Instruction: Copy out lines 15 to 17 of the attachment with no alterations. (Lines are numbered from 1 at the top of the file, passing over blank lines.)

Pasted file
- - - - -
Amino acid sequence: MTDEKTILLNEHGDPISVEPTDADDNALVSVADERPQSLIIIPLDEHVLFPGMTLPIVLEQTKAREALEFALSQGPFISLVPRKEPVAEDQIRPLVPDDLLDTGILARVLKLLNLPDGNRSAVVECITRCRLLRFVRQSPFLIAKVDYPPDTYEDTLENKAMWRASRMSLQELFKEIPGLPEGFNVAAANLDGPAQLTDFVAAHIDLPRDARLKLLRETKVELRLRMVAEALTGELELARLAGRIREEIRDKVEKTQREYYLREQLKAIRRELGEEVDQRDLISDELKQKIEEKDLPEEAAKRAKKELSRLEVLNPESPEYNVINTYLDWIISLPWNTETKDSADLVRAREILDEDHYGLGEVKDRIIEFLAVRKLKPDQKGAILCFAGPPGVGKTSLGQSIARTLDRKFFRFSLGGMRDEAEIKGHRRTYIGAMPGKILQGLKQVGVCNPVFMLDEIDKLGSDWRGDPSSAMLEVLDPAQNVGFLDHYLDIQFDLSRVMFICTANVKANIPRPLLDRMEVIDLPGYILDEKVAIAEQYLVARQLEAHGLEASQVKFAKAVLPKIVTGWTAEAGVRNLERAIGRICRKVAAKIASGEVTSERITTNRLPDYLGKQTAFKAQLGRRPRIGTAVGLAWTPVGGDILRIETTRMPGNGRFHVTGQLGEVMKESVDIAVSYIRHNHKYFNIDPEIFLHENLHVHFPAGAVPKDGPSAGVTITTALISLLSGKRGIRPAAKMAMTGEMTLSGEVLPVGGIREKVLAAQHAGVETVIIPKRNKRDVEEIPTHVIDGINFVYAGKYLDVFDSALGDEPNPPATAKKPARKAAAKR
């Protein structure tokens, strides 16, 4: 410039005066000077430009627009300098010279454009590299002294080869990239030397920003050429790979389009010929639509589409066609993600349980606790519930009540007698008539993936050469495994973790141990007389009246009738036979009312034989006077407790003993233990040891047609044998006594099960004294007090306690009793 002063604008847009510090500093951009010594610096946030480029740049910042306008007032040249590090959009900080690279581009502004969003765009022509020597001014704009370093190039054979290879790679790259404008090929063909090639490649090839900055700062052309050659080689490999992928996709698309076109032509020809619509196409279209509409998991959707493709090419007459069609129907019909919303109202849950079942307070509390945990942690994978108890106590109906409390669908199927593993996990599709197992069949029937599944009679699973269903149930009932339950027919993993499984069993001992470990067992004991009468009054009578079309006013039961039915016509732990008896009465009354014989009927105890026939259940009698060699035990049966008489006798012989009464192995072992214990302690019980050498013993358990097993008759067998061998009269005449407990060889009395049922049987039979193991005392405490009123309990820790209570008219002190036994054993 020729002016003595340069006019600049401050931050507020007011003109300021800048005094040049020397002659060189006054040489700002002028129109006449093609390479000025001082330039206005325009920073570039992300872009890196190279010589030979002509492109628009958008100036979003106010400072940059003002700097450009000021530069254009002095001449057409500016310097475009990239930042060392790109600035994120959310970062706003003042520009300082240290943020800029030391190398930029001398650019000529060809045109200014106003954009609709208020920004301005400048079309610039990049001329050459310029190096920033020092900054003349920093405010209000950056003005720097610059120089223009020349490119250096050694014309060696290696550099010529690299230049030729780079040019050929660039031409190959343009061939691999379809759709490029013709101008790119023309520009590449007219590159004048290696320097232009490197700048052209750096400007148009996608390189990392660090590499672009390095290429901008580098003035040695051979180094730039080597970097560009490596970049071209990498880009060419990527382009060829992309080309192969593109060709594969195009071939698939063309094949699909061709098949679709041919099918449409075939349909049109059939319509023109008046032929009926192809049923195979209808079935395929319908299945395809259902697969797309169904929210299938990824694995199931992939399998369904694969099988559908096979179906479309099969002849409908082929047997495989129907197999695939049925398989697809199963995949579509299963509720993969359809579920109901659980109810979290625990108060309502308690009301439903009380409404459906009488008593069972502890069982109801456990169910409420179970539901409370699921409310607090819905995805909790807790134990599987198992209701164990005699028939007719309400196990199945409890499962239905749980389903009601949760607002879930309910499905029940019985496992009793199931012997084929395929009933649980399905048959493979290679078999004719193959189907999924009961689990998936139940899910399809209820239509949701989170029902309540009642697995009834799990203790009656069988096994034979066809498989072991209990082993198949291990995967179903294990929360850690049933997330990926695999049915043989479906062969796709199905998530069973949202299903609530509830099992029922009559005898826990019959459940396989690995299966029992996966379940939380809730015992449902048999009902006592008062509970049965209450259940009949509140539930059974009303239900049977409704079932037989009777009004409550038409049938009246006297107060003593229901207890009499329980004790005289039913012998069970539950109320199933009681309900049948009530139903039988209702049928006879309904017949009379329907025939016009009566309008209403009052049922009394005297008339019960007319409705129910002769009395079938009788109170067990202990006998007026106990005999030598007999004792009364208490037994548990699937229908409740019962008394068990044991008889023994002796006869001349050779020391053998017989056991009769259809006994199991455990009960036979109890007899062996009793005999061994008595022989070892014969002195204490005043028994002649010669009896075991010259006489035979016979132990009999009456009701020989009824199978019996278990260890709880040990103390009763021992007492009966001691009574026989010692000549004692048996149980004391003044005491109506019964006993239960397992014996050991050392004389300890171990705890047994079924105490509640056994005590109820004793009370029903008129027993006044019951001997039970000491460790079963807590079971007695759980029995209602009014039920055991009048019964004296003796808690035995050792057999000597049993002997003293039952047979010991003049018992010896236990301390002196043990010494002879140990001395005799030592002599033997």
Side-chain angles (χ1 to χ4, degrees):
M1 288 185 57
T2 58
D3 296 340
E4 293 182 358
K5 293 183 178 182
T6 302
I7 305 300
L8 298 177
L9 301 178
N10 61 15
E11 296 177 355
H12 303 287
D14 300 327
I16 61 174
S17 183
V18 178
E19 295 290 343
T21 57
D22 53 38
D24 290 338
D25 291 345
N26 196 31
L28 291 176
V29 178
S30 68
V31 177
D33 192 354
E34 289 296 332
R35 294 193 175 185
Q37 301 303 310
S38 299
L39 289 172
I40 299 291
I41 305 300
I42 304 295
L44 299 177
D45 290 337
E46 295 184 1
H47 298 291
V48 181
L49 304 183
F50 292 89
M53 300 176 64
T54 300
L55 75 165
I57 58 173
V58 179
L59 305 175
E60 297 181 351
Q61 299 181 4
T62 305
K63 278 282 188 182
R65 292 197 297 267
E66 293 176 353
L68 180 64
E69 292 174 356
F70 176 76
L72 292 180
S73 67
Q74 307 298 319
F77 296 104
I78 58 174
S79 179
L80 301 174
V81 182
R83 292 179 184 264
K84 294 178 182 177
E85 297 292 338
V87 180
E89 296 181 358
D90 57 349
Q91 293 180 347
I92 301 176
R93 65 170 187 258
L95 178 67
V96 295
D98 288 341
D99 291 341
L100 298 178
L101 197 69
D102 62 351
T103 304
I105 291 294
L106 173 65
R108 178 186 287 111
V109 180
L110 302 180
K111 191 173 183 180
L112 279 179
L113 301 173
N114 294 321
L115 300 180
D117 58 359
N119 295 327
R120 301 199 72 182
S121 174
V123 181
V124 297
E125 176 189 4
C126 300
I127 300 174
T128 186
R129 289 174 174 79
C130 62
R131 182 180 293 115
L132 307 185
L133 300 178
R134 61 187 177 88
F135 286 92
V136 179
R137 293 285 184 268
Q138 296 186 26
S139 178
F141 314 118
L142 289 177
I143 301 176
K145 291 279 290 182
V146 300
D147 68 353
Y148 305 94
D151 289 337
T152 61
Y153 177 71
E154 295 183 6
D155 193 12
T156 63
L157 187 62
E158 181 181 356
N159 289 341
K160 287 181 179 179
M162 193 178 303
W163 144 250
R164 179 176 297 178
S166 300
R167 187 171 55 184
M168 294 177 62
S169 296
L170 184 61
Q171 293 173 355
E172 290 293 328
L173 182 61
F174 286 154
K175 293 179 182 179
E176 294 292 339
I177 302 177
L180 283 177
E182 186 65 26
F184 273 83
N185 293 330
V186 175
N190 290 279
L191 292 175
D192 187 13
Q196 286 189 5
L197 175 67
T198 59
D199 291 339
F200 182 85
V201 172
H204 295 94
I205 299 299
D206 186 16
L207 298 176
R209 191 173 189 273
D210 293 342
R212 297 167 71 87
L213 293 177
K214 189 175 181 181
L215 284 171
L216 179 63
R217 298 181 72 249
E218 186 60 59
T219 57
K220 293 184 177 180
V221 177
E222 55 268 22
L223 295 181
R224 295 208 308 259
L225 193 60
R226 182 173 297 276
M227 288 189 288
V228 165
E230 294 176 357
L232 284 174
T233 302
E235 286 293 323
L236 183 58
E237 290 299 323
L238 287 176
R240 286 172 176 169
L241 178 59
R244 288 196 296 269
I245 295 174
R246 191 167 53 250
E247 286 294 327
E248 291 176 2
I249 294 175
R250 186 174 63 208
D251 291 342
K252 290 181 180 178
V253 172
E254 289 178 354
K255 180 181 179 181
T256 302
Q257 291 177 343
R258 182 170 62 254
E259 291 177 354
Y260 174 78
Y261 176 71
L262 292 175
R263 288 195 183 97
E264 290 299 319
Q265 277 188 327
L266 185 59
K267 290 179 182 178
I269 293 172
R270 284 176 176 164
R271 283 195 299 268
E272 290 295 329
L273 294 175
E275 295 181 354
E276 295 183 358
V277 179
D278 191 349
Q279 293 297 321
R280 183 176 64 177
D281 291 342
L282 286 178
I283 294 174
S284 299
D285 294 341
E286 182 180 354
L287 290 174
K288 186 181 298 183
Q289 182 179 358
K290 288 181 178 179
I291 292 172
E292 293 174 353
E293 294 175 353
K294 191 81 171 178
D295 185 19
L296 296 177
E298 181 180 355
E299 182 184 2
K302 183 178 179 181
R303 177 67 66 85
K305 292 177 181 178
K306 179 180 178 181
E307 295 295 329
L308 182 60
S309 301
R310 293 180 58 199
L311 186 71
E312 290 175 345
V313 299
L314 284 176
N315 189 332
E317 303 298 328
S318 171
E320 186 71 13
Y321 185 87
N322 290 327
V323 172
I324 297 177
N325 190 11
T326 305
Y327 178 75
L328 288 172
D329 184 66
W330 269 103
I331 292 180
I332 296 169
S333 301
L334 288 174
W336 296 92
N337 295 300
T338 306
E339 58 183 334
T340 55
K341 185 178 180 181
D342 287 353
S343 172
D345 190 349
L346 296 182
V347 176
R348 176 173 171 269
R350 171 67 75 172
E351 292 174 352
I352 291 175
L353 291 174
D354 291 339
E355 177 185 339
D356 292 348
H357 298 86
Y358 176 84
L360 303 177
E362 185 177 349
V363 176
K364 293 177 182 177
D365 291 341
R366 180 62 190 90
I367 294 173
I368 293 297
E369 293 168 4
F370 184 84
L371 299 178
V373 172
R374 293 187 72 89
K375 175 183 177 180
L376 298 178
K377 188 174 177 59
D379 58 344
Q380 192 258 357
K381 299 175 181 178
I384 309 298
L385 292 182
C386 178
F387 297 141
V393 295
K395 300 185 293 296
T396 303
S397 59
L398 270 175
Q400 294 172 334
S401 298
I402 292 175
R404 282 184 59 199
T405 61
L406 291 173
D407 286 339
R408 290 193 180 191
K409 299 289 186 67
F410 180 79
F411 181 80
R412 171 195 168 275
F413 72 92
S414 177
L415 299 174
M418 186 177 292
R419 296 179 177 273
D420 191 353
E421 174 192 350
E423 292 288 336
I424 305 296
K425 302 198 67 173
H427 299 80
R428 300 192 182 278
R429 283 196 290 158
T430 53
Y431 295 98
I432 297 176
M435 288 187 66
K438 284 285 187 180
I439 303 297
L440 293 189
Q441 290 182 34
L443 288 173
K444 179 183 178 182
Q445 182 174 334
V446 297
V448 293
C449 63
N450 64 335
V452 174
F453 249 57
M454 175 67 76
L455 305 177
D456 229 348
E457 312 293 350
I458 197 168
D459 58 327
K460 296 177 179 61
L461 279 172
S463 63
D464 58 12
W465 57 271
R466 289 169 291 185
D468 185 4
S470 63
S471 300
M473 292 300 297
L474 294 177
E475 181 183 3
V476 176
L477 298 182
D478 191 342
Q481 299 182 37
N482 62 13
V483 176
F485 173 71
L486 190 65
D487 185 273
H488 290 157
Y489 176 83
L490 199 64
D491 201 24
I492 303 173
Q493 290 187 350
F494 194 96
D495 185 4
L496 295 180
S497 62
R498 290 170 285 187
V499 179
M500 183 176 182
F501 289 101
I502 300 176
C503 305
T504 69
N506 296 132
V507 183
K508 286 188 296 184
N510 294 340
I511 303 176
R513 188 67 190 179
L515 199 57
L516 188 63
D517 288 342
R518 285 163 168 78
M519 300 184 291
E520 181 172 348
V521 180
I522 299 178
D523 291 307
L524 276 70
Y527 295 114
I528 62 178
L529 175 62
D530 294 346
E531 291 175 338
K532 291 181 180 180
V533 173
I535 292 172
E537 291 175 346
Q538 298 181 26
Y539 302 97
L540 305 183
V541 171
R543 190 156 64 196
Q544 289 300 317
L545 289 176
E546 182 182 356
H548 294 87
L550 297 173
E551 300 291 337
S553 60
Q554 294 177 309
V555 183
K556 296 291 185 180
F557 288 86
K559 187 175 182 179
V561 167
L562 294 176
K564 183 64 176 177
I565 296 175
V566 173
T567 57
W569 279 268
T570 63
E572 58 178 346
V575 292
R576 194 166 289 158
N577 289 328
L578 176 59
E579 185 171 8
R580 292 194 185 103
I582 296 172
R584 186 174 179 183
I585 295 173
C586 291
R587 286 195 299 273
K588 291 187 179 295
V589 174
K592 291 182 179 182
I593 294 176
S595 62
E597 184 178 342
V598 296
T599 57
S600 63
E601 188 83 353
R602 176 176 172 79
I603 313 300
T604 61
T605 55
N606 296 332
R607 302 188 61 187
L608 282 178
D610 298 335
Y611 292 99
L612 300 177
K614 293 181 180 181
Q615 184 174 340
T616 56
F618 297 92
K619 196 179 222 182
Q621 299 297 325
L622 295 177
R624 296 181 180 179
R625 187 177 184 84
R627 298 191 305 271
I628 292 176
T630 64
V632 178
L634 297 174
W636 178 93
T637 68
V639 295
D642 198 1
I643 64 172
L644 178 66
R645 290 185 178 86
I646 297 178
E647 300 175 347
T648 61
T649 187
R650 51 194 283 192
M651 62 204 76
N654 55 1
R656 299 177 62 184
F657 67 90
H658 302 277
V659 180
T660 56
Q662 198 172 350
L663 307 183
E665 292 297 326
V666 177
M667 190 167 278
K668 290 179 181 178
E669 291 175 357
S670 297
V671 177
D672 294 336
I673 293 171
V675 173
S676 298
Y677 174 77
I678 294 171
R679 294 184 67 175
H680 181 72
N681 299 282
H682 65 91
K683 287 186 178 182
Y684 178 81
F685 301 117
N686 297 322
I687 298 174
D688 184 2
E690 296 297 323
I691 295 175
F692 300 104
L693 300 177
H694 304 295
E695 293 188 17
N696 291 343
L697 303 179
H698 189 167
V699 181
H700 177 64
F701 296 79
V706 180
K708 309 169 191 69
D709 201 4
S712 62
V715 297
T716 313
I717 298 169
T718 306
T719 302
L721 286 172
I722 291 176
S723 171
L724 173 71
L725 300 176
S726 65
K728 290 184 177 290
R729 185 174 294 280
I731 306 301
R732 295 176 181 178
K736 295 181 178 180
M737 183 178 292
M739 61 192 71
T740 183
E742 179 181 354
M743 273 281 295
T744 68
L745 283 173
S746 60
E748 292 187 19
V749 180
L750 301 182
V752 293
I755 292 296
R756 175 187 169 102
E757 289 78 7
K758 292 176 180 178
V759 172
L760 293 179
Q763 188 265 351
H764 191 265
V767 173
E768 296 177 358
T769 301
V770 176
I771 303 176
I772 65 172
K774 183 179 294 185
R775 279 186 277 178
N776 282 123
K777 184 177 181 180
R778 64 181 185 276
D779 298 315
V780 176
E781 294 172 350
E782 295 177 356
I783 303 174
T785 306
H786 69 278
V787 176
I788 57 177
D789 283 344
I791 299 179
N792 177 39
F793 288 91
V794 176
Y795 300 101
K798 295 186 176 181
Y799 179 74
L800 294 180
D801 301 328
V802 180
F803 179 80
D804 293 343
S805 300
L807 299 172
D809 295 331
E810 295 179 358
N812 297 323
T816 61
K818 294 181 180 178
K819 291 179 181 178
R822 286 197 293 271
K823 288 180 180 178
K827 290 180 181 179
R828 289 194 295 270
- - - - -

H12 303 287
D14 300 327
I16 61 174